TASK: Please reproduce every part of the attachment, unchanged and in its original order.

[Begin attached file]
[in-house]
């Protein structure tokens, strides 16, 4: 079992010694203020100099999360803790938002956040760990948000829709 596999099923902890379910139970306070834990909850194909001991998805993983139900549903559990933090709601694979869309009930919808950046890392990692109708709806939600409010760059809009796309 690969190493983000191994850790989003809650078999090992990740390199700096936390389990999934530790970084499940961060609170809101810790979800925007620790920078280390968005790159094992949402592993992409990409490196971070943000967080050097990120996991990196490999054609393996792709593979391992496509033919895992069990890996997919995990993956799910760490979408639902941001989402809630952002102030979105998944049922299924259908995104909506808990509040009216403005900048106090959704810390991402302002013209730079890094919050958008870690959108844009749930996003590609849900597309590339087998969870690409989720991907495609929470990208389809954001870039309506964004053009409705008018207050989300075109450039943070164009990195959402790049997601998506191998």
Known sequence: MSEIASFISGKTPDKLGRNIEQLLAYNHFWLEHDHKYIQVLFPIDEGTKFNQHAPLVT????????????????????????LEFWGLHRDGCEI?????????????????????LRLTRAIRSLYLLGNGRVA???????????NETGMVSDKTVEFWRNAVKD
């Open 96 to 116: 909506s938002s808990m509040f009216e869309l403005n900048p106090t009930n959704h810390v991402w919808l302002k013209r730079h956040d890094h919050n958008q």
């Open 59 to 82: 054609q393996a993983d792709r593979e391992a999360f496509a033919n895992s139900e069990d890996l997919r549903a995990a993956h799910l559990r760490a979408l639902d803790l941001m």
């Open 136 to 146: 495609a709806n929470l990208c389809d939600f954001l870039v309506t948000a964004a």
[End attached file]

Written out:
[in-house]
């Protein structure tokens, strides 16, 4: 079992010694203020100099999360803790938002956040760990948000829709 596999099923902890379910139970306070834990909850194909001991998805993983139900549903559990933090709601694979869309009930919808950046890392990692109708709806939600409010760059809009796309 690969190493983000191994850790989003809650078999090992990740390199700096936390389990999934530790970084499940961060609170809101810790979800925007620790920078280390968005790159094992949402592993992409990409490196971070943000967080050097990120996991990196490999054609393996792709593979391992496509033919895992069990890996997919995990993956799910760490979408639902941001989402809630952002102030979105998944049922299924259908995104909506808990509040009216403005900048106090959704810390991402302002013209730079890094919050958008870690959108844009749930996003590609849900597309590339087998969870690409989720991907495609929470990208389809954001870039309506964004053009409705008018207050989300075109450039943070164009990195959402790049997601998506191998």
Known sequence: MSEIASFISGKTPDKLGRNIEQLLAYNHFWLEHDHKYIQVLFPIDEGTKFNQHAPLVT????????????????????????LEFWGLHRDGCEI?????????????????????LRLTRAIRSLYLLGNGRVA???????????NETGMVSDKTVEFWRNAVKD
């Open 96 to 116: 909506s938002s808990m509040f009216e869309l403005n900048p106090t009930n959704h810390v991402w919808l302002k013209r730079h956040d890094h919050n958008q």
């Open 59 to 82: 054609q393996a993983d792709r593979e391992a999360f496509a033919n895992s139900e069990d890996l997919r549903a995990a993956h799910l559990r760490a979408l639902d803790l941001m």
């Open 136 to 146: 495609a709806n929470l990208c389809d939600f954001l870039v309506t948000a964004a």